How are God and sin related? How can we conceptualize these words in mysticism, going beyond the traditional religious definitions and descriptions?
Are we to strive for perfectionism, or are we to realize the wholeness that already exists within our true Self, our essential divine nature?
What is God's relationship with nature? Is God supernatural or natural? Or both?
This is my response to a recent video produced by the LDS Church on the nature of God. My reinterpretation moves away from the supernatural dualistic interpretation, towards a more immanent nondualistic interpretation of the Divine.
Thinking of God as a male human(s) out in the universe somewhere seems to be a primitive, magical, supernatural, and archaic conception of the Divine, literalizing the pronouns of "He" and "Him," and in the Christian tradition of "Father" and "Son." I've written about this specifically at least once before, but it's worth discussing more.
The God we are referring to is often known in Mormonism (and more generally in Christianity) as "God the Father," "Heavenly Father," or just "the Father."
There are stories, legends, mythologies, folklore, traditions, histories, scriptures, and texts from all around the world which tell us of humans who have reached the stature of the gods. They have, in essence, become "a god." Some recognizable examples are people such as Jesus, Siddhartha Gautama (Buddha), and Muhammad. The process that these went through has been called theosis, deification, divinization, realization, awakening, and enlightenment. What does it mean to become or be "a god"?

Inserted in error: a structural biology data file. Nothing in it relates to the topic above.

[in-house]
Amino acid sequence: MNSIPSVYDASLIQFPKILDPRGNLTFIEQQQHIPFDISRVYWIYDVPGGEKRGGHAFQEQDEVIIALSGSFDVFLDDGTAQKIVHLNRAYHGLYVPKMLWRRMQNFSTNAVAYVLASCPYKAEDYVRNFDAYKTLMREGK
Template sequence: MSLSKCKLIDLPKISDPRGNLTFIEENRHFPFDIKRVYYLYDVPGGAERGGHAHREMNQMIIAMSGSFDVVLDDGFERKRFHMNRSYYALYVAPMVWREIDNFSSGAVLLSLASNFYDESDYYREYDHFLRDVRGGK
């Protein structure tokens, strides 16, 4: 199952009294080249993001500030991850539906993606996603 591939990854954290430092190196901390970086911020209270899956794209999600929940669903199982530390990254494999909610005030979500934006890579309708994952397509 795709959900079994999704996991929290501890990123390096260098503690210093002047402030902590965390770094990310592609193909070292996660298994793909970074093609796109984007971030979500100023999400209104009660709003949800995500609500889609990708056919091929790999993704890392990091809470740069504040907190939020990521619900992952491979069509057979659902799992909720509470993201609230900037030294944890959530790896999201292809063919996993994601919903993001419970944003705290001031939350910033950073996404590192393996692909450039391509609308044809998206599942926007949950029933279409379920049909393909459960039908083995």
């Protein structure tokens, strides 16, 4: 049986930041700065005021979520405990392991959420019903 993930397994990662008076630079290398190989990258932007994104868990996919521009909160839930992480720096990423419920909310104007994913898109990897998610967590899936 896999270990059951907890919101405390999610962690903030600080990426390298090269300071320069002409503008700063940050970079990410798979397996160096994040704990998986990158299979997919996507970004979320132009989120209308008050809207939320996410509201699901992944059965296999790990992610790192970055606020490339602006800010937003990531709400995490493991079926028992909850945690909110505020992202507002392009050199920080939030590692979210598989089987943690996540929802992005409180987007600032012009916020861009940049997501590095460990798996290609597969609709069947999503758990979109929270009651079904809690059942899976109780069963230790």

A friend recently shared a video clip with me from an event on June 23, 2018, which was a public conversation and debate between psychologist and professor Jordan Peterson and philosopher and neuroscientist Sam Harris, moderated by biologist Bret Weinstein. It's an interesting discussion between a theist (Peterson) and an atheist (Harris) on the nature of God, which I think begins to get at the heart of the issue from both sides.
How should we regard the Godhead, or the Trinity as many Christians call it, taking into consideration biological evolution, particularly human evolution, and other modern science?
An addition to the BHT, which is the Apostle Paul's sermon at the Areopagus, or high court at Mars Hill, about the nature of God.